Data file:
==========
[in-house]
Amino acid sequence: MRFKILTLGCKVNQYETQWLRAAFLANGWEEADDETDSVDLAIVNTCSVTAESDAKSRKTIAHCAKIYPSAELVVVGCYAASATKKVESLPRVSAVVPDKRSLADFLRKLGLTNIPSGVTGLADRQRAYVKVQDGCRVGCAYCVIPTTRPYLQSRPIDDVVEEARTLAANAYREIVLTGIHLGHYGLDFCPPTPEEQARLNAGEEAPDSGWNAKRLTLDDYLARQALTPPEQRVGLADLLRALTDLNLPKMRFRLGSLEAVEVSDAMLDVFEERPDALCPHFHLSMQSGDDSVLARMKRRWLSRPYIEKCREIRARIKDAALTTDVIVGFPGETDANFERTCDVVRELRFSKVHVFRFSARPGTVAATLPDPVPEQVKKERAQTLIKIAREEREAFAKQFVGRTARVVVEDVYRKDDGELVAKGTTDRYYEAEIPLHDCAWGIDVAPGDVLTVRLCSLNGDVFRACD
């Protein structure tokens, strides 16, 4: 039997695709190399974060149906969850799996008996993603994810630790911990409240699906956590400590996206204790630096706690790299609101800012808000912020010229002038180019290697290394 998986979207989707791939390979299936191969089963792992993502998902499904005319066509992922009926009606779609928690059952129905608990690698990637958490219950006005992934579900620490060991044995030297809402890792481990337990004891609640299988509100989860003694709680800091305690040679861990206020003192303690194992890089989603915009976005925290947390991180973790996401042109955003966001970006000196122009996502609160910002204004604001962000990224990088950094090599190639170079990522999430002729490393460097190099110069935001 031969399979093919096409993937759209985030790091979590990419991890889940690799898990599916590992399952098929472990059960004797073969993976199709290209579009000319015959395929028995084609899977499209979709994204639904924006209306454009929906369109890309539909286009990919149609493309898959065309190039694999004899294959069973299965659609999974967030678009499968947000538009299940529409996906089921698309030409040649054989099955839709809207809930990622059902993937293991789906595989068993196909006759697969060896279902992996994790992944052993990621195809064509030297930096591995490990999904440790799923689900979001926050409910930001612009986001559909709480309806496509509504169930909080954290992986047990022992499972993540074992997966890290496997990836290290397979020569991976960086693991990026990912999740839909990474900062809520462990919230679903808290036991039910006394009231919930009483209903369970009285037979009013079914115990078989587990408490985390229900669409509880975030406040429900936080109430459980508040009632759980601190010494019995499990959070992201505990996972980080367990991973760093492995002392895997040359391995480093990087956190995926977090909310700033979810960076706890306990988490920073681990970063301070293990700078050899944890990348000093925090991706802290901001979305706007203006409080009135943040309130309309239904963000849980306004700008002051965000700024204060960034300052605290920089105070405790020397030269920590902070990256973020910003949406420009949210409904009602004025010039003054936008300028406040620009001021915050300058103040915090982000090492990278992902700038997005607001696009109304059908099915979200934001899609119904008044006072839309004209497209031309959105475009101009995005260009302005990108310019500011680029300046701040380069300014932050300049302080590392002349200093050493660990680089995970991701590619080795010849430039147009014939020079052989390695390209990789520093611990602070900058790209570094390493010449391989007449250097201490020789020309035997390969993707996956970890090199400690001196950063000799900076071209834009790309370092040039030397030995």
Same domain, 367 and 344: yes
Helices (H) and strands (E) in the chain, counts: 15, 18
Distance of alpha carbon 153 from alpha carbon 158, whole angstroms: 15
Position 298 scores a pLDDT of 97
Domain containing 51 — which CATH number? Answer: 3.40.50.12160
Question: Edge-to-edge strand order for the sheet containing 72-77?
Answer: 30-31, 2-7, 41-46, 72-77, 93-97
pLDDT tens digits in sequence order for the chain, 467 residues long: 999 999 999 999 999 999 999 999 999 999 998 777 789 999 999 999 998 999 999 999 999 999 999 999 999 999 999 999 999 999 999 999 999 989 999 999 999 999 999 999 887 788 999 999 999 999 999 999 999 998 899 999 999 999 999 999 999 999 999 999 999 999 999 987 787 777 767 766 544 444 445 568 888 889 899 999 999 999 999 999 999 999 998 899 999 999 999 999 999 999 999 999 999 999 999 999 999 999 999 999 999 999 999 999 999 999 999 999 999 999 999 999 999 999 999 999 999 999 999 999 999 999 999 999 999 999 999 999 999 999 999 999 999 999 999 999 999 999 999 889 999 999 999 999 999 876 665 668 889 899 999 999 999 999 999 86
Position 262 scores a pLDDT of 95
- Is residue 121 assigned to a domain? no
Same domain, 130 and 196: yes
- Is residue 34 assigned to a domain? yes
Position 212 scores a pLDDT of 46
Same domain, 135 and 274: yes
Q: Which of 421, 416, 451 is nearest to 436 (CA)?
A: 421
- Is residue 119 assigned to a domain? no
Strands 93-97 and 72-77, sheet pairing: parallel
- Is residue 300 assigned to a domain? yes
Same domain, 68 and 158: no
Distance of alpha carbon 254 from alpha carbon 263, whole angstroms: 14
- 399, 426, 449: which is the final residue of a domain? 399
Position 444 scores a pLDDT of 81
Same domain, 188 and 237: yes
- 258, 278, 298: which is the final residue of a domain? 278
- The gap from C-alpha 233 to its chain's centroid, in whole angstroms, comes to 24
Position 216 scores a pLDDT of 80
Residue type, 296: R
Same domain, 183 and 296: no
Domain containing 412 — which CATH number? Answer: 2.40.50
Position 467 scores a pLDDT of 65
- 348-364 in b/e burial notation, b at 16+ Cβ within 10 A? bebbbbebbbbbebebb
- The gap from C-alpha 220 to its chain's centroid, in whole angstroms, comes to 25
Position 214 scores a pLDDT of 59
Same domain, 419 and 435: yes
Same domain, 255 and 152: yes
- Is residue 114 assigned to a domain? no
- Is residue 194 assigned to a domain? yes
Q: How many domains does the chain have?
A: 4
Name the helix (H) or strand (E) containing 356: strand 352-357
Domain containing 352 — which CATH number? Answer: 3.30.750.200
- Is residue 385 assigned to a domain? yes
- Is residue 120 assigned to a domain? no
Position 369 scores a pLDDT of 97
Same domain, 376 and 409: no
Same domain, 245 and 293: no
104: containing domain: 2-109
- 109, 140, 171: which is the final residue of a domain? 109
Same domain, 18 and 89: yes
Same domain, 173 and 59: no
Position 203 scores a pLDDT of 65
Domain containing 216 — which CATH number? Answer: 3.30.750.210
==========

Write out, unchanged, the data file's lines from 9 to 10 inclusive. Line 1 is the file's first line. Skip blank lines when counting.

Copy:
Question: Edge-to-edge strand order for the sheet containing 72-77?
Answer: 30-31, 2-7, 41-46, 72-77, 93-97